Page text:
Police release 911 calls from warehouse shooting suspect
ALBUQUERQUE, N.M. (AP) — Two hours after authorities say a 30-year-old man shot and wounded three co-workers at an Albuquerque warehouse, he called 911 to tell police he had been the one who opened fire at his workplace after hearing voices in his head.
In a pair of 911 calls released Thursday, Waid Anthony Melton also told a crisis negotiator for the Albuquerque Police Department that he was trying to decide whether or not to take his own life. He hoped the three men he shot during a shift change at the Ben E. Keith food distribution center lived, he said.
“Why should I so eagerly shoot those people and then live a life?” Melton said in the recording.
Melton later shot and killed himself Monday on the northern outskirts of New Mexico’s largest city, despite the negotiator’s repeated pleas for him not to harm himself, police said.
In the 911 calls, Melton also disclosed that a female friend was in the car with him. A police spokesman said he had picked her up after the shooting and that she was not harmed.
University of New Mexico Hospital officials said all three of the victims were in satisfactory condition after Monday’s shooting. They have not been identified.
Earlier this week, Albuquerque Police Chief Mike Geier said Melton appeared to have dealt with mental health and drug issues, and possibly had been passed over for a promotion, leading to issues with his employers.
On Monday night, dozens of police officers and emergency crews responded to the Ben E. Keith warehouse on the south end of Albuquerque after getting reports of shots fired. They blocked off roads and warned residents in the area to stay in their homes.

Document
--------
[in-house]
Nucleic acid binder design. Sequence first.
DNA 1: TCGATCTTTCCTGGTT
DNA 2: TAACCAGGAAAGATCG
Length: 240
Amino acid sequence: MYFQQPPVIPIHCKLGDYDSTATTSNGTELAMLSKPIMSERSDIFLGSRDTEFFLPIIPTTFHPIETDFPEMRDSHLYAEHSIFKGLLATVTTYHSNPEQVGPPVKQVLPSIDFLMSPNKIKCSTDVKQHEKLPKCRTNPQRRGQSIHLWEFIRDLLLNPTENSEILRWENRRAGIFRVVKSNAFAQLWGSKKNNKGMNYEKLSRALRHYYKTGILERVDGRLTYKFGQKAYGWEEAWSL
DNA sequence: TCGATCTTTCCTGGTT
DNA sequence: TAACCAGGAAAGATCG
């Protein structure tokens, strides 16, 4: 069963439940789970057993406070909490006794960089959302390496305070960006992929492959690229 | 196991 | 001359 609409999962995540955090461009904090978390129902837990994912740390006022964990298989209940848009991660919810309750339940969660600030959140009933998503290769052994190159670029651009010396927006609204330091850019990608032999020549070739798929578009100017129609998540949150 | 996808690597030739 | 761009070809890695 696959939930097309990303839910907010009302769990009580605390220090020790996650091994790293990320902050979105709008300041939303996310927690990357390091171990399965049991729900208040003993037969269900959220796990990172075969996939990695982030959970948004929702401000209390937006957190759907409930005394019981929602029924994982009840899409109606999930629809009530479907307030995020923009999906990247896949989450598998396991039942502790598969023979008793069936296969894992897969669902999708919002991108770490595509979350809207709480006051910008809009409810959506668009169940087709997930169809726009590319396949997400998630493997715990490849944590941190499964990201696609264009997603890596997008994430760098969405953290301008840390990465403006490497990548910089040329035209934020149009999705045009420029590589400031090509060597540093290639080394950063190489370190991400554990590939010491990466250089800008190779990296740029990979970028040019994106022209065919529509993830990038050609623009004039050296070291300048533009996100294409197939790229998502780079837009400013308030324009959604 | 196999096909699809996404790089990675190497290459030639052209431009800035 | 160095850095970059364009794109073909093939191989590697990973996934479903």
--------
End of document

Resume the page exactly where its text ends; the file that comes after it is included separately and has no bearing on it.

After officers found the three victims, they searched the rest of the warehouse but did not find any others or Melton.
The shooting happened on Melton’s day off, said Geier, who would not speculate about a motive.
The chief also confirmed that Melton had used a forklift to block the business’ doors before carrying out the attack.
At one point during one of the 911 calls, Melton references another shooting earlier this year at another Ben E. Keith warehouse in a Houston suburb, saying that he believed his bosses were trying to determine whether he had somehow influenced it.
“That was one thing they were trying to determine was whether or not somehow my telepathic abilities had influenced that.”
Police in Texas said a woman fatally shot one co-worker and wounded another in the other Ben E. Keith warehouse shooting in August before dying in a confrontation with law enforcement.
“Our thoughts and prayers are with the employees and their families who were impacted by this sudden and senseless act of violence at our Albuquerque warehouse,” the company said in a statement this week. “Although this situation was isolated, we are painfully aware that another workplace violence situation occurred at our Houston, TX facility three months ago.”
The company pledged to make counseling available to employees who needed it.
In the 911 recordings released Thursday, the last thing Melton says is that he’ll meet police at a designated point. Then the recording cuts out.
“I have these voices in my head right now just telling me to end it, and they’re not being so kind about the language,” Melton told the officer during the call.
Police said their search of Melton’s vehicle resulted in them recovering a phone, two loaded rifles, a couple boxes of ammunition, and the revolver they believed he used in the warehouse shooting.
This version of the story corrects the day the 911 recordings were released to Thursday.